Hewlett Packard’s microwave-curable media coating

WO 2013/062510 A1
Inkjet recording medium, and method of using the same
Hewlett-Packard Development Company, L.P.

Over the years, much effort has been put into improving the image stability and gloss of photo prints.  Here, ink passes through a porous top coating which is subsequently made to be non-porous, so providing both image protection in the form of wet and dry rub resistance along with good levels of gloss and image distinctness.

The substrate can be any typical medium such as paper, olefin coated paper or polymer film.  It is first coated with an ink receiving coating that will absorb fluid from the ink.  This is a typical porous coating and primarily consists of a porous pigment and a binder.

Protection is given to the image by the particulate-based reactive coating applied above the porous coating.  This is in itself porous to the ink and so the ink will pass through it and be absorbed in the ink receiving coating.  After printing, barrier properties are created by exposure to microwave radiation which will cause cross-linking of some of the particles and coalescence of others.  This is shown in the figure in which ink (26) is shown absorbed in the ink absorbing layer (14), having almost entirely passed through the protective coating (16).

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The coating is applied as a latex in which both reactive and non reactive particles are dispersed.  Suitable reactive polymers include those with epoxy functionality, and those with fatty acid, alkoxy-silane, acetoacetoxy, hydroxyl, amine or carboxyl functional groups.  Self cross-linking polymers can be used or a cross-linking agent can be included.  The uncured particles (0.2 to 10 µm) should have good mechanical stability (Youngs Modulus 600 to 3000 MPa) at a temperature below 110C.

A polar microwave radiation cure promoter may also be included.  This acts to strengthen the dipole relaxation effect in which particles turn or rotate with some lag as the dipole direction changes at high frequency.  Heat is also generated which is helpful to both the curing and coalescence processes.  Suitable agents are calcium acetate monohydrate, calcium propionate and calcium propionate hydrate.  Exposure to microwaves also induces coalescence of the non reactive polymer particles which are generally hydrophobic polymers such as PTFE or hydrocarbon waxes.  It appears that much or all of the coalescence and cure processes will take place at temperatures exceeding 110C.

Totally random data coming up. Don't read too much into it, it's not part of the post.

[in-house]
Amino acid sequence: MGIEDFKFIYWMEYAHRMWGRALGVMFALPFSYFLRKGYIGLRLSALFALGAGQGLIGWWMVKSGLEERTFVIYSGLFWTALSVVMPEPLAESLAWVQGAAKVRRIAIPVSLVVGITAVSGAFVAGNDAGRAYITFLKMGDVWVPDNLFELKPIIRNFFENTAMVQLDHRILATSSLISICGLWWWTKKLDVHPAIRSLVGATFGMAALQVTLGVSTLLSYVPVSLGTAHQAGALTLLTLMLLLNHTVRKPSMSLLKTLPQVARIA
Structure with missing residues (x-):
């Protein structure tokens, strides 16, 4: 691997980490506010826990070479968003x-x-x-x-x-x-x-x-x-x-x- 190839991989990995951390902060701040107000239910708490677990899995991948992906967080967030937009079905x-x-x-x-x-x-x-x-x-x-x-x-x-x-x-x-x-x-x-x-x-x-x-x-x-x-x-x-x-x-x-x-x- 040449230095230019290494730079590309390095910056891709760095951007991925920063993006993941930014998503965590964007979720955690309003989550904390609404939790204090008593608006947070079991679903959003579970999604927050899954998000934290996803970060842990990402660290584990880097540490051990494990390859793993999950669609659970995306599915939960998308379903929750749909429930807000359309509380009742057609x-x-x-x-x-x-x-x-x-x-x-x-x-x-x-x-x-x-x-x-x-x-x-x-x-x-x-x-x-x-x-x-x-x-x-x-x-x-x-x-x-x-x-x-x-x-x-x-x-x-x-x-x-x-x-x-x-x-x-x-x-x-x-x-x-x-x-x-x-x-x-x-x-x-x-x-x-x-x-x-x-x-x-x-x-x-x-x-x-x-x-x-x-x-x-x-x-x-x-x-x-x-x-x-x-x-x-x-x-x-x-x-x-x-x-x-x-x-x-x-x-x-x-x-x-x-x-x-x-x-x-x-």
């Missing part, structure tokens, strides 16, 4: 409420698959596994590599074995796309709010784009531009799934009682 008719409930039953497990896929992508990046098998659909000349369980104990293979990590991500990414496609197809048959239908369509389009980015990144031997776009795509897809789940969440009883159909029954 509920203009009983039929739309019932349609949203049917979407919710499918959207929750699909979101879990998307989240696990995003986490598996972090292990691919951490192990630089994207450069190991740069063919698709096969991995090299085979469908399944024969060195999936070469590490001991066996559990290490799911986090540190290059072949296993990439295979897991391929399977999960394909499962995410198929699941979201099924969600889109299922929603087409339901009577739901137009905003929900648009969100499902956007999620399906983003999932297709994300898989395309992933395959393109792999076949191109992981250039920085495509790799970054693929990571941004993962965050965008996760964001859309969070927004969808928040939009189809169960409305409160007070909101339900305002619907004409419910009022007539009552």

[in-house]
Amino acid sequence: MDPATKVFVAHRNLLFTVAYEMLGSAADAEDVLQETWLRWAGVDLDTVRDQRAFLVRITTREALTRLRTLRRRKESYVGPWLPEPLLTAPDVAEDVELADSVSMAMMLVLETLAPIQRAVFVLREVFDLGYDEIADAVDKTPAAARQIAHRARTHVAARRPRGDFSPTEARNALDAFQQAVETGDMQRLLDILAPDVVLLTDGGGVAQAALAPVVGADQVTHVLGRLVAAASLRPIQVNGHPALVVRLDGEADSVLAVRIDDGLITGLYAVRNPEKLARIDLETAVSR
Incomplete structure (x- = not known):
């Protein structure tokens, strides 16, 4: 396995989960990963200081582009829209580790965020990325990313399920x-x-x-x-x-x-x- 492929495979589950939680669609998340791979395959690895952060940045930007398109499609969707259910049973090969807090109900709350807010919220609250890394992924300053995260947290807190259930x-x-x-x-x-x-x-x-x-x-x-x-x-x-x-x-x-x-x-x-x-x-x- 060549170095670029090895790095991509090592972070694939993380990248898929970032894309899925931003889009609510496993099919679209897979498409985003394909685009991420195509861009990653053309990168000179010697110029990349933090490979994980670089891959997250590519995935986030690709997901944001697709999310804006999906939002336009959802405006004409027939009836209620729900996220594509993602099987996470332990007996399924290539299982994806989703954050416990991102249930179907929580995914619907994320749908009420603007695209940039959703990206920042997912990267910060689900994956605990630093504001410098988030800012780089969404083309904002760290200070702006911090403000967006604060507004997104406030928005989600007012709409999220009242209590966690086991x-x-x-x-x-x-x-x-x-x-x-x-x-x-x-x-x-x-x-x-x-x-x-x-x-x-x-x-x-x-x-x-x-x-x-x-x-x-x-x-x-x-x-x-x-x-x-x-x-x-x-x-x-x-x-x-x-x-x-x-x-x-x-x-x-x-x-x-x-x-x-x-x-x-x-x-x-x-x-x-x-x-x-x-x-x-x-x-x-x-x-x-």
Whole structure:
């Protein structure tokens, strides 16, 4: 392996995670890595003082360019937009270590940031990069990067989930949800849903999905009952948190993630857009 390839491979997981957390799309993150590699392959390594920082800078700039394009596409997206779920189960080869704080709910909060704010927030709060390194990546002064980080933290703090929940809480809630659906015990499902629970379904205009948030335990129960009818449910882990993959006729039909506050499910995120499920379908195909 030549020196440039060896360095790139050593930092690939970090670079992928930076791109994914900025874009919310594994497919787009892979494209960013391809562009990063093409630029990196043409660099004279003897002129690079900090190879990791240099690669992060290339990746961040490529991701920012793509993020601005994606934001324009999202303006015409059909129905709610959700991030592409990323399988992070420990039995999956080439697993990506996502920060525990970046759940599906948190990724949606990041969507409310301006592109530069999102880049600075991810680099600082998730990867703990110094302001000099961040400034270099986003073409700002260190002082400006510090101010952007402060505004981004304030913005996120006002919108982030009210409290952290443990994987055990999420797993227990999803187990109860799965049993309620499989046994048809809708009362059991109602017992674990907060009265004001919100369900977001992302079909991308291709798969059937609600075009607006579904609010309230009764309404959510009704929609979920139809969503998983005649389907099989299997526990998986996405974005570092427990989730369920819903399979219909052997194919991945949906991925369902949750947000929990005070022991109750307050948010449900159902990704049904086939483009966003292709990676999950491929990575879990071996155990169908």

These media appear to be suitable for most types of aqueous, solvent or latex ink and can be applied using more or less any mode of ink jet.  Microwave exposure can be carried out either in-line or off-line at a frequency of 0.3 to 300 GHz.  Exposure time should be from around 10 seconds to 4 minutes, although the longer times would seem impractical.

Ink jet films for medical imaging

US 2012/0107528 A1
US 2012/0107529 A1
US 2012/0107532 A1
Transparent ink-jet recording films, compositions, and methods
Carestream Health, Inc.

In recent months, Carestream Health (formerly Eastman Kodak’s Health Group) has been particularly active in the field of high quality coatings for transparent film that are designed to give excellent resolution and to accommodate a wide range of optical densities, so making them suitable for medical imaging purposes. These three patents address the problem of detection of transparent media in printers such as the Epson Model 4900, that rely on optical detection of media in order to determine the area printed. As these printers are designed to produce borderless images, they use optical sensors to detect the location of the leading edge of the media sheet, relying on reflection from a white or opaque paper. The solution presented is to incorporate a small amount of a white or reflective pigment particulate material either in a back coating or in one or more layers of the front recording surface.

As previously described, the substrate is a polyester film such as PET and may be blue-tinted. It is coated on one side with a primer or under layer on top of which one or more polyvinyl alcoholbased ink receiving layers is deposited. These coatings may also contain the inorganic pigment boehmite alumina along with nitric acid as a deflocculant. The reverse side of the film is also coated.

Titanium dioxide is initially chosen as a suitable pigment. However, as incorporation of a titanium dioxide pigment in the image receiving layer causes flocculation of the boehmite alumina while a primer layer containing titanium dioxide is not detectable by a printer, the pigment must be incorporated in the reverse side coating. The pigment has a particle size of less than 40 nm and is incorporated into a gelatine coating at a dry loading of around 0.1 gsm within a coating weight up to about 2 gsm and must give rise to a level of haze of less than 53% with a minimum optical density of 0.25. Alternatively, rice starch, zirconium dioxide or zinc oxide pigments may be used. While these pigments can be incorporated in the gelatine-based reverse side coating it is also possible to incorporate them within the front side coatings and the level of haze exhibited is less than 41%.

Further improvements in performance may be achieved when the reverse side coating is a cross-linkable hydroxyl group-containing polymer such as polyvinyl alcohol rather than gelatine. In this case, as is shown in the table, detection using an Epson Model 4900 is achieved for media exhibiting a haze value of less than 28%.

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Dr Clare Conboy